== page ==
Nursing Theory What is it? Deanna B Hiott MSN,RN
Nursing DomainA domain is a specific area of expert knowledge.Thedomain of nursing describes the profession’ssubject, concepts, values, and beliefs.Nursing’s domain is the profession itself, past, present,future…
The Nursing Paradigm… A paradigm is a model. It describes the domain using science, philosophy and theory. Nursing’s paradigm involves person, health, environment and nursing.Environment – setting affecting client, family, communityHealth – dynamic, changing, individualNursing Care – treatment of human responses to illnessPerson – recipient of care, individual, family, community
Nursing TheoriesAre composed of concepts, definitions andproposals to explain phenomenon.A phenomenon is an aspect of life that peopleexperienceNursing theories provide the lens through whichnursing care and interventions are viewedDifferent theories emphasize different areas ofcare or concern
Nursing Theories can be described as…Descriptive: First level, describe phenomenaPrescriptive: Address nursing interventionsMid-Range: Limited, less abstract, reflect a widevariety of nursing situationsGrand: Broad, complex, addresses nursingframework not specific interventions
Common Nursing Theories Nightingale (1860) fresh air, light, cleanliness, quiet and proper nutrition Peplau (1952) Interpersonal Relations Theory, mutual goal setting Virginia Avenal Henderson (1955) 14 basic human needs. Martha Rogers Science of Unitary Human Beings (1970) Betty Neuman (1972) Systems Theory
Common Nursing Theories Orem’s Self Care Deficit Theory (1971) Leininger’s Culture Care Theory (1991) Sister Calista Roy’s Adaptation Theory focuses on helping the client adapt to health changes Watson’s Theory of Human Caring 1979(Potter & Perry, 2009)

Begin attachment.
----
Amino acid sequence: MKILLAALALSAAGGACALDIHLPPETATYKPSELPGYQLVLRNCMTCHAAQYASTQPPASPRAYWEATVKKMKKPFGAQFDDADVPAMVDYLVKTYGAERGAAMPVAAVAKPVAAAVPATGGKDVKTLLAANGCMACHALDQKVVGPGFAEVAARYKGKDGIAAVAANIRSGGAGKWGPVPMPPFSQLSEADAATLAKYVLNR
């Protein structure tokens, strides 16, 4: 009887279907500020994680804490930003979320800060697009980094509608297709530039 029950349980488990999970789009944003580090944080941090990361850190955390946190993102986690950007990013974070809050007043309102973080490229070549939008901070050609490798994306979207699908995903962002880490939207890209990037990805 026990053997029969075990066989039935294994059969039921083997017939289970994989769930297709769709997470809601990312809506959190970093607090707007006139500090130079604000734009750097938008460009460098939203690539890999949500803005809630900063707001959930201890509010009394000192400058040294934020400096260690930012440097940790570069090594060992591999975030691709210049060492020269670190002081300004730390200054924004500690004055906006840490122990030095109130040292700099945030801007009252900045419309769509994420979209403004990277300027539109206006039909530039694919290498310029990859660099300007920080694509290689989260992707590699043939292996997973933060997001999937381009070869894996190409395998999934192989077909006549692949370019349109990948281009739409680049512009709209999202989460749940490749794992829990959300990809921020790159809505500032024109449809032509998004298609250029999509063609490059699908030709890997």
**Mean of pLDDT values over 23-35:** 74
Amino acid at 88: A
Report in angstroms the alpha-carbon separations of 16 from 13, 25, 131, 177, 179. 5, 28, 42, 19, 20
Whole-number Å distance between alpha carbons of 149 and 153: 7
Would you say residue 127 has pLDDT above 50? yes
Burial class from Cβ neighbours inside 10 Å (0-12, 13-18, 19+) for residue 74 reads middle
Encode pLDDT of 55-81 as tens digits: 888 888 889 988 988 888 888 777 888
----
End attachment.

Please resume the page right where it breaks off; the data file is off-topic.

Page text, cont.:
Nurses also use interdisciplinary theories... Maslow’s Hierarchy of Needs –Helps prioritize care Developmental theories – Piaget, Erikson… Helps anticipate care Psychosocial theories - grief, culture, learning, familyHelps predict care
What’s the point?Over the years nurses have attempted to definenursing. From these efforts, numerous theorieshave emerged. Many might consider thesetheories rather dry material, and in all honesty,this was probably my first conclusion as well. As Istudied nursing theorists, I felt confused by thelanguage. I was at a loss to see the purpose.However, for any students grappling with thesesame feelings, I would like to encourage you.The more you study them, the more youappreciate these nurses who spent a great dealof time and effort defining our profession, forultimately this is what delineates a science.
Assessing Nursing TheoriesTheory relevance can be assessed by applyingthe theory to a patient care situationThe nursing paradigm of environment, health,nursing care and person are examined
An example of a theorist’s paradigm.Definitions of person, nurse, health and environment According to Myra Estrine Levine (Conservation Theory) : "From the moment of birth until the instant of death, every individual cherishes and defends his wholeness. "(Schaefer, Pond 1991, p. 17) Health represents the "unity and integrity of the patient." (George,p.185) "Nursing is a human interaction" based on the goal of promoting wholeness for that individual. (Schaefer, Pond, 1991,p. 23) A patients environment is internal and external.
Nursing Interventions based on a nursing theory Myra Estrine Levine’s Conservation Theory views nursing care through the lens of conservation… 1) The conservation of energy 2) The conservation of structural integrity 3) The conservation of personal integrity 4) The conservation of social integrity(George, 1990)
Research can test the application of Nursing Theory Levines theory has been tested in several different nursing situations: to mitigate fatigue in cancer patients to wean patients off the ventilator to preserve and protect the infant and the family in the neonatal intensive care unit (NICU).